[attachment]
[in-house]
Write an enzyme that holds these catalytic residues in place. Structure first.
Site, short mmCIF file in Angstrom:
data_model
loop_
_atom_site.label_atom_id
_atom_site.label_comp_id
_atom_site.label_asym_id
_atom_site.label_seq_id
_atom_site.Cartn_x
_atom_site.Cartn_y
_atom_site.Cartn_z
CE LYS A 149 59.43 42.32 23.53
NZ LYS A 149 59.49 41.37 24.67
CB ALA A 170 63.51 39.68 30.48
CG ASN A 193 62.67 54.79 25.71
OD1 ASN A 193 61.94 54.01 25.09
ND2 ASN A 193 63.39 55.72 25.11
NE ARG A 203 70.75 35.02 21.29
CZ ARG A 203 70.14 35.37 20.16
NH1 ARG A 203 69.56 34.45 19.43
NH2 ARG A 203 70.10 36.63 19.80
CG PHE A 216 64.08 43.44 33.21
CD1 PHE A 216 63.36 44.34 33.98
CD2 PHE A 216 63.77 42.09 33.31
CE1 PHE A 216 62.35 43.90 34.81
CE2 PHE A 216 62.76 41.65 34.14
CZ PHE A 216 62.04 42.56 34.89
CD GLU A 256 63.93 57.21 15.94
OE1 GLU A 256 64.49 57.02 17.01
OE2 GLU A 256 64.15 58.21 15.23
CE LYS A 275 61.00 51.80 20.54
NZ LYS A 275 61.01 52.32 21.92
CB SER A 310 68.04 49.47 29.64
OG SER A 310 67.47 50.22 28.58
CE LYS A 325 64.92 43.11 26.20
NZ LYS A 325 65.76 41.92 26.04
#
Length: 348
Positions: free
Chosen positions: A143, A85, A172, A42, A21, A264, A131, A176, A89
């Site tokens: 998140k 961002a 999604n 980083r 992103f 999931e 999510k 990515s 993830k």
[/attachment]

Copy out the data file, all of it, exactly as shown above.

[in-house]
Write an enzyme that holds these catalytic residues in place. Structure first.
Site, short mmCIF file in Angstrom:
data_model
loop_
_atom_site.label_atom_id
_atom_site.label_comp_id
_atom_site.label_asym_id
_atom_site.label_seq_id
_atom_site.Cartn_x
_atom_site.Cartn_y
_atom_site.Cartn_z
CE LYS A 149 59.43 42.32 23.53
NZ LYS A 149 59.49 41.37 24.67
CB ALA A 170 63.51 39.68 30.48
CG ASN A 193 62.67 54.79 25.71
OD1 ASN A 193 61.94 54.01 25.09
ND2 ASN A 193 63.39 55.72 25.11
NE ARG A 203 70.75 35.02 21.29
CZ ARG A 203 70.14 35.37 20.16
NH1 ARG A 203 69.56 34.45 19.43
NH2 ARG A 203 70.10 36.63 19.80
CG PHE A 216 64.08 43.44 33.21
CD1 PHE A 216 63.36 44.34 33.98
CD2 PHE A 216 63.77 42.09 33.31
CE1 PHE A 216 62.35 43.90 34.81
CE2 PHE A 216 62.76 41.65 34.14
CZ PHE A 216 62.04 42.56 34.89
CD GLU A 256 63.93 57.21 15.94
OE1 GLU A 256 64.49 57.02 17.01
OE2 GLU A 256 64.15 58.21 15.23
CE LYS A 275 61.00 51.80 20.54
NZ LYS A 275 61.01 52.32 21.92
CB SER A 310 68.04 49.47 29.64
OG SER A 310 67.47 50.22 28.58
CE LYS A 325 64.92 43.11 26.20
NZ LYS A 325 65.76 41.92 26.04
#
Length: 348
Positions: free
Chosen positions: A143, A85, A172, A42, A21, A264, A131, A176, A89
């Site tokens: 998140k 961002a 999604n 980083r 992103f 999931e 999510k 990515s 993830k």